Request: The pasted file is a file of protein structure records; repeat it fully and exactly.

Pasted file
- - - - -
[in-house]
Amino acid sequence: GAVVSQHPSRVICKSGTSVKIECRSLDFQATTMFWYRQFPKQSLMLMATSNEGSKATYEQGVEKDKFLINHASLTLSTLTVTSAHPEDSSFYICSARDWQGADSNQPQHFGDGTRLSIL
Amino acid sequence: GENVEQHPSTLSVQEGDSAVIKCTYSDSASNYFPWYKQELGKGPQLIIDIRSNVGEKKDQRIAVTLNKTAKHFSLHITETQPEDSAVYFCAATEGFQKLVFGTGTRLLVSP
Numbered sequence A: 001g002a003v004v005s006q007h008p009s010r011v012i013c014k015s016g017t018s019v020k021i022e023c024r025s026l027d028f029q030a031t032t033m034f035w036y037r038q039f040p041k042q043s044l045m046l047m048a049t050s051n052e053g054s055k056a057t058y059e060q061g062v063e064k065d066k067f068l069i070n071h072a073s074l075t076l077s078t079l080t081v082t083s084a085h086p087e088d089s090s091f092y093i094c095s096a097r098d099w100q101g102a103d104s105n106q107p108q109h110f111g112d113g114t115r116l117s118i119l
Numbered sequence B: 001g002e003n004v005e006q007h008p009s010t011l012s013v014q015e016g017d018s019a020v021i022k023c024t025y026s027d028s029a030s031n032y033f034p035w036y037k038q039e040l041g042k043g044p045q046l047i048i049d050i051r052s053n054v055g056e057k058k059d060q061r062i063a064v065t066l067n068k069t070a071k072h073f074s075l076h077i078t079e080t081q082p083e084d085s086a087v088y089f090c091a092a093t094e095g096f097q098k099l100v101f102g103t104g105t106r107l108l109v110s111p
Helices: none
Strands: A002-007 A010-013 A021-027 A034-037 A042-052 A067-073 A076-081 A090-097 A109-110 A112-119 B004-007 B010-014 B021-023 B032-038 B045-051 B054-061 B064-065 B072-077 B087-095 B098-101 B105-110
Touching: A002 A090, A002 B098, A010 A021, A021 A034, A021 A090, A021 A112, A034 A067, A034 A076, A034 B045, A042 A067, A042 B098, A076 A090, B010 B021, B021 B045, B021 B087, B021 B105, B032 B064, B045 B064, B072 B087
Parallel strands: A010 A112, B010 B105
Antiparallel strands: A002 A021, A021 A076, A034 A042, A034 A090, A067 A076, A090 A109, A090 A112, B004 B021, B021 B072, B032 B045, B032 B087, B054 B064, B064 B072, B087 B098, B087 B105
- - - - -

[in-house]
Amino acid sequence: GAVVSQHPSRVICKSGTSVKIECRSLDFQATTMFWYRQFPKQSLMLMATSNEGSKATYEQGVEKDKFLINHASLTLSTLTVTSAHPEDSSFYICSARDWQGADSNQPQHFGDGTRLSIL
Amino acid sequence: GENVEQHPSTLSVQEGDSAVIKCTYSDSASNYFPWYKQELGKGPQLIIDIRSNVGEKKDQRIAVTLNKTAKHFSLHITETQPEDSAVYFCAATEGFQKLVFGTGTRLLVSP
Numbered sequence A: 001g002a003v004v005s006q007h008p009s010r011v012i013c014k015s016g017t018s019v020k021i022e023c024r025s026l027d028f029q030a031t032t033m034f035w036y037r038q039f040p041k042q043s044l045m046l047m048a049t050s051n052e053g054s055k056a057t058y059e060q061g062v063e064k065d066k067f068l069i070n071h072a073s074l075t076l077s078t079l080t081v082t083s084a085h086p087e088d089s090s091f092y093i094c095s096a097r098d099w100q101g102a103d104s105n106q107p108q109h110f111g112d113g114t115r116l117s118i119l
Numbered sequence B: 001g002e003n004v005e006q007h008p009s010t011l012s013v014q015e016g017d018s019a020v021i022k023c024t025y026s027d028s029a030s031n032y033f034p035w036y037k038q039e040l041g042k043g044p045q046l047i048i049d050i051r052s053n054v055g056e057k058k059d060q061r062i063a064v065t066l067n068k069t070a071k072h073f074s075l076h077i078t079e080t081q082p083e084d085s086a087v088y089f090c091a092a093t094e095g096f097q098k099l100v101f102g103t104g105t106r107l108l109v110s111p
Helices: none
Strands: A002-007 A010-013 A021-027 A034-037 A042-052 A067-073 A076-081 A090-097 A109-110 A112-119 B004-007 B010-014 B021-023 B032-038 B045-051 B054-061 B064-065 B072-077 B087-095 B098-101 B105-110
Touching: A002 A090, A002 B098, A010 A021, A021 A034, A021 A090, A021 A112, A034 A067, A034 A076, A034 B045, A042 A067, A042 B098, A076 A090, B010 B021, B021 B045, B021 B087, B021 B105, B032 B064, B045 B064, B072 B087
Parallel strands: A010 A112, B010 B105
Antiparallel strands: A002 A021, A021 A076, A034 A042, A034 A090, A067 A076, A090 A109, A090 A112, B004 B021, B021 B072, B032 B045, B032 B087, B054 B064, B064 B072, B087 B098, B087 B105